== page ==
Palynological and geochemical analyses provide valuable information about modern and past climatic regimes and vegetation. The impact of climate and humans on past vegetation in the semi-arid areas of northwestern Iran has received increased interest in the wake of warming temperatures in the Middle East. Palynological and down-core XRF elemental abundances from a peat core from Lake Neor enabled a reconstruction of vegetational changes of the past 7000 years over the highlands of northwestern Iran. Periods of increased arboreal pollen (AP) types and high (Artemisia + Poaceae)/Chenopodiaceae ratios along with low titanium abundances, high percentages of total organic carbon, more negative δD values, and higher carbon accumulation rates suggest a relatively wet climate. These conditions have persisted during the periods 6700–6200, 5200–4450 and 3200–2200 cal a bp. The overall low AP values, substantial rise of Chenopodiaceae, high Ti abundances and low values of palaeo-redox proxies, are all evidences of a drier climate, as has been reconstructed for the periods 6200–5200 and 4030–3150 cal a bp and the last 2200 years. An important feature of the last centuries is the increase of anthropogenic and pastoral indicator pollen types. Our results may provide basic data to predict future trends in vegetation dynamics under future climate change in western Asia.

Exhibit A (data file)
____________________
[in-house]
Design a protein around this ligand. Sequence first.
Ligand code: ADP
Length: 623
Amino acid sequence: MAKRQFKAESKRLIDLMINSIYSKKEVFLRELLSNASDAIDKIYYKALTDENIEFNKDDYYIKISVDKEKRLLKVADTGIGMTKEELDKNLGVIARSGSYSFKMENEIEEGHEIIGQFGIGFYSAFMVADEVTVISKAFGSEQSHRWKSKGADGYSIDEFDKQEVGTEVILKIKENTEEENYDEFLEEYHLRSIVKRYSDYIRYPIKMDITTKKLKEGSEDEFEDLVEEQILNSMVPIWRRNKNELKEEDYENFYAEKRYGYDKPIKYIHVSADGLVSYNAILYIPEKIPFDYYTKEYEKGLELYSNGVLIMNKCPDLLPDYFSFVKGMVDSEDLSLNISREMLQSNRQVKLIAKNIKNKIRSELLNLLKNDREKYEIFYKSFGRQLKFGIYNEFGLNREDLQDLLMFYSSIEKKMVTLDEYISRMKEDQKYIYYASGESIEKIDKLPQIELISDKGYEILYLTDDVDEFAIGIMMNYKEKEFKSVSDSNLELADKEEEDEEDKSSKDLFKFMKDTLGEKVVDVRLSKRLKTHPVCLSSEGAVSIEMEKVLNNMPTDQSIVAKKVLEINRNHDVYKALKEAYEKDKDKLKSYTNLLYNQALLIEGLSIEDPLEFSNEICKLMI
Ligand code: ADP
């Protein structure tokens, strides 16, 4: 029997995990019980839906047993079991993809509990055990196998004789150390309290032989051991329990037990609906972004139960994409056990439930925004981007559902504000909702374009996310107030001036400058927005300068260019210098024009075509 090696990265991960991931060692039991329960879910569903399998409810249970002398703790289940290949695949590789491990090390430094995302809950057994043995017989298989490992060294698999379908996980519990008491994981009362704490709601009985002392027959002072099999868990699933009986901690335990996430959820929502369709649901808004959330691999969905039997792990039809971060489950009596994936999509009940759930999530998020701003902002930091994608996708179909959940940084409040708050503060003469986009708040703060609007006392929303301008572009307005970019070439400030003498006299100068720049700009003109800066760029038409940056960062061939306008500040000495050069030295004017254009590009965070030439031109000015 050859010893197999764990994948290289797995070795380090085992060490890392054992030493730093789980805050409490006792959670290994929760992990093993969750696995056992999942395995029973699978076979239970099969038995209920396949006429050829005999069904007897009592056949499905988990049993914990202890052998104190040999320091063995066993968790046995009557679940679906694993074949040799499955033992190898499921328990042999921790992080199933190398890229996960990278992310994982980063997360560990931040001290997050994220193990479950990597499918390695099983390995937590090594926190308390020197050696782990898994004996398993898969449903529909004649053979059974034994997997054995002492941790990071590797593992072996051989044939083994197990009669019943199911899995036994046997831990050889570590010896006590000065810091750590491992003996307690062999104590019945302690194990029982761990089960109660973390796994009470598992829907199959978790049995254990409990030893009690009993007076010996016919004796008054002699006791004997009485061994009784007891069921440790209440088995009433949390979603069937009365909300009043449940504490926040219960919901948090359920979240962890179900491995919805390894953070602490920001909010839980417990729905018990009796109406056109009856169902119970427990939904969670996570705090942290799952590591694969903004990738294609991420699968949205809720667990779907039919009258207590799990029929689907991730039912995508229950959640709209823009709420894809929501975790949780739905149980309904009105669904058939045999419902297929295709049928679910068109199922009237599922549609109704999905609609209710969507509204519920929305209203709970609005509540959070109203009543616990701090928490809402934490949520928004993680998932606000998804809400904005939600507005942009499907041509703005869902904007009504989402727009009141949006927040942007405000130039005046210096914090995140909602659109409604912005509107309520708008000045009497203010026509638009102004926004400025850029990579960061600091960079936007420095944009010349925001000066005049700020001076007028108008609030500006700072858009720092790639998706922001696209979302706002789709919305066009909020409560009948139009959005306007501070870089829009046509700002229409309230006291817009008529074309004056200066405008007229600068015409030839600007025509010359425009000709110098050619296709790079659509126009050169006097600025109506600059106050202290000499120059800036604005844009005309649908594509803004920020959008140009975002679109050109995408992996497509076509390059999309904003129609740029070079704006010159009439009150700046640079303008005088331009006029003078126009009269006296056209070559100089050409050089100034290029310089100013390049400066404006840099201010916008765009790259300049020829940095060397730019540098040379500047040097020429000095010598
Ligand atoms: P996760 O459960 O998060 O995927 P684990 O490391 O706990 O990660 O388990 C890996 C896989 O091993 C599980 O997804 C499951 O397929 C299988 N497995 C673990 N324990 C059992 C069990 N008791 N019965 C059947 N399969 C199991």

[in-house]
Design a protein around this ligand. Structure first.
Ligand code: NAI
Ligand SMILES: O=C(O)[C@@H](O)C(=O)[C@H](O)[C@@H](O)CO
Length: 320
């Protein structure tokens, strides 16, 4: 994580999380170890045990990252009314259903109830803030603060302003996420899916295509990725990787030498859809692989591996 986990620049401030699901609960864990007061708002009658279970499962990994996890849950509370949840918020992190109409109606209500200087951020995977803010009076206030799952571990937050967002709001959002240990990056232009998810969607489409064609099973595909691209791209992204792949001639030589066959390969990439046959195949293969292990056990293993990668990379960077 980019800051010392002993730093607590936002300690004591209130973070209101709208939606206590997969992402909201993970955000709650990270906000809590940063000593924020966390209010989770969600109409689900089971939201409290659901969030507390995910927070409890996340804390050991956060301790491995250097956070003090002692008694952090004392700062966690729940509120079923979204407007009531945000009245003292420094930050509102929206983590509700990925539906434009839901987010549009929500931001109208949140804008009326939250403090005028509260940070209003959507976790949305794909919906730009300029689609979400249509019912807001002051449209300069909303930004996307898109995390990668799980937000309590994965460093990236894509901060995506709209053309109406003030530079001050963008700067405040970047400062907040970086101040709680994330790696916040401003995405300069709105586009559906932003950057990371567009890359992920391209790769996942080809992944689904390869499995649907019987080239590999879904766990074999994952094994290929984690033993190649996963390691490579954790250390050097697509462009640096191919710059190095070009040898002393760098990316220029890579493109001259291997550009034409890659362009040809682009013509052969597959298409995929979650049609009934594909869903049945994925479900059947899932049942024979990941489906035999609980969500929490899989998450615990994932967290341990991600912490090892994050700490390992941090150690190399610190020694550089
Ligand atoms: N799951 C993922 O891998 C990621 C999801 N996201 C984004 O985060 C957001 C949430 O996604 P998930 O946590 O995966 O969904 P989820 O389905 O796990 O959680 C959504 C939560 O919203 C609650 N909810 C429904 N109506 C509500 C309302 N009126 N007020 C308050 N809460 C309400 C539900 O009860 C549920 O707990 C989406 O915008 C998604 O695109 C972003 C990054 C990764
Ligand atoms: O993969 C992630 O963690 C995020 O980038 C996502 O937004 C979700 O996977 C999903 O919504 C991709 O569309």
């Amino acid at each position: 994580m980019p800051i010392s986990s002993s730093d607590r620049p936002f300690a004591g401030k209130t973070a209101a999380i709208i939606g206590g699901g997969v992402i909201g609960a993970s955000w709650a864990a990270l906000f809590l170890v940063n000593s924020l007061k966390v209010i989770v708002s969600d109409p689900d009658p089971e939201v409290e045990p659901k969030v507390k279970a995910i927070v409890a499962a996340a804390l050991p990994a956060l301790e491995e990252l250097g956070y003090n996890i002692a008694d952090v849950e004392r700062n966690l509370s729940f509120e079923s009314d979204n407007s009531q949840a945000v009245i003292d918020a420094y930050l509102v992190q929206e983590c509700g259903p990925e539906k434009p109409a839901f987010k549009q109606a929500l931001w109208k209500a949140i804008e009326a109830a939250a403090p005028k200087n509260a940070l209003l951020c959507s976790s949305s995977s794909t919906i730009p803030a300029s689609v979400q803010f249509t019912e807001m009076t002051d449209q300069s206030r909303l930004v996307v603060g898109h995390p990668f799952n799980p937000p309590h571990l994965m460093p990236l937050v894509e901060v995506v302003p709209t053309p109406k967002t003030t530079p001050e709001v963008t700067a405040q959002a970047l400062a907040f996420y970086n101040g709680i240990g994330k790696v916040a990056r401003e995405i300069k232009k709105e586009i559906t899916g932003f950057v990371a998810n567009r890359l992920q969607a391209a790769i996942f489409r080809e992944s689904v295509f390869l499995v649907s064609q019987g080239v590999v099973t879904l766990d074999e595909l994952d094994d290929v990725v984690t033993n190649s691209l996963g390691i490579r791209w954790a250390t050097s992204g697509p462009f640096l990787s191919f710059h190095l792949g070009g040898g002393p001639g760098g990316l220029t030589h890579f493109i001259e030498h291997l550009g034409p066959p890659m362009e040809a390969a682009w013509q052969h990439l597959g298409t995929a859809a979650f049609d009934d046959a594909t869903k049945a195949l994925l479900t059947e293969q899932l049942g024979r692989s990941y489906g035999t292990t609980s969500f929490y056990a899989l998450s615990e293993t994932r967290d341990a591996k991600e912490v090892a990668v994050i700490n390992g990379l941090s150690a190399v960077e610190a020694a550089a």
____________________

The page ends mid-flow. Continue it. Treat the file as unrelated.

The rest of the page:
- Irano-Turanian vegetation
- climate change
ASJC Scopus subject areas
- Arts and Humanities (miscellaneous)
- Earth and Planetary Sciences (miscellaneous)